As the first wave of cold water hits you, it’s hard to think about anything other than the icy goosebumps prickling your flesh.
Perhaps that’s why plunging into Scotland’s chilly lochs, rivers and seas has become such a popular all-year pursuit for those hoping to battle a range of physical and mental health issues.
More and more of us are squeezing into swimsuits – topping our outfit with woollen beanies rather than swimming caps – and wading into water that’s often freezing, leaving our cares and worries behind on the shore.
In fact, in the past two years, the Outdoor Swimming Society say their membership has reached more than 70,000.
As a member of the society, photographer Anna Deacon admits there’s nothing quite like the feeling of icy water biting at your skin as you take the plunge.
“I’ve always enjoyed swimming outdoors,” she explained. “I grew up in England but my family are Scottish, so every summer we would come up to the Highlands, where I would swim in the lochs and rivers.
“When I moved back here three years ago, my cousin convinced me to try wild swimming – and I’ve not stopped ever since.
“We’re so lucky in Scotland that we can swim anywhere. It’s such an amazing, unusual freedom.”
There are a range of health benefits associated with outdoor swimming, including improved mood, better sleep and a boosted immune system, and a recent study in the British Medical Journal found open-water sessions could even be an effect treatment for depression.
Having enjoyed invigorating swims all around the country Anna, 42, says her outings have even helped to ease painful joints.
She explained: “I have a lot of joint pain and there have been times when I’ve not be able to work – my hands have been so stiff and sore I couldn’t operate a camera or drive a car.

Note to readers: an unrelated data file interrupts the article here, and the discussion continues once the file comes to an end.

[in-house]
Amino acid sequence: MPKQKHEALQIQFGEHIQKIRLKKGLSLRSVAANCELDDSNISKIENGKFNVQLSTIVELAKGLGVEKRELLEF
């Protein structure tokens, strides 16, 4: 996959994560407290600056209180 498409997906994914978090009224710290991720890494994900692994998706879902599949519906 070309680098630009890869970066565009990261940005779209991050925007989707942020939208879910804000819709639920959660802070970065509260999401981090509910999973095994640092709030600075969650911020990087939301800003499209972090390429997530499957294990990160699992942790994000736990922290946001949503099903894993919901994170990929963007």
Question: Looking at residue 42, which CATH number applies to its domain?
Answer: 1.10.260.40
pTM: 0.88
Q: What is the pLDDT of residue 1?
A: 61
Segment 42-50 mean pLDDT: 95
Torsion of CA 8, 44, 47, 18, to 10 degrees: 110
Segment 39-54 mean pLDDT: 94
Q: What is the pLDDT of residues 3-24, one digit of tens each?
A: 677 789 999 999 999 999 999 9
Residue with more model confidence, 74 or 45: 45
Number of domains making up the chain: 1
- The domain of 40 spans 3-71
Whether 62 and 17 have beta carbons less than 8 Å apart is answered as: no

“But I’ve found the more I swim in cold water, the more my joint pain goes down. I’ve had days where I’ve been in absolute agony from sciatica on the way down to the sea, then after my swim I would walk back with absolutely no pain, and that effect lasts a while.
“After athletes compete, they often go for an ice bath, so it’s the same concept, really.”
Along with her friend, journalist Vicky Allan, Anna has written a book documenting her adventures, providing advice for those hoping to take up the sport, as well as comments from expert naturalists, psychologists and medical doctors.
Exploring the range of benefits provided by swimming, Taking The Plunge is also illustrated with beautiful portraits, originally taken for Anna’s popular Instagram page.
She said: “Last year I had a massive burnout after taking on way too much. I went out with my cousin on one of our swims and took my camera. I realised I needed to take a break from my commercial work, instead taking on a personal project that was just for me.
“I started going on more swims with people I didn’t know, and often I would ask them if they minded having their portrait taken. Everyone was so up for it.
“I started putting the pictures on Instagram and it grew from there.
“I try to capture a range of different emotions. Sometimes people want or need the solitary quietness of being alone in the water, and other times, it’s all about the fun of being in a group, running into the sea, having an absolute ball together. Taking The Plunge will be a bit of a self-help book, with chapters on grief, body confidence, community, depression and mental health, too.”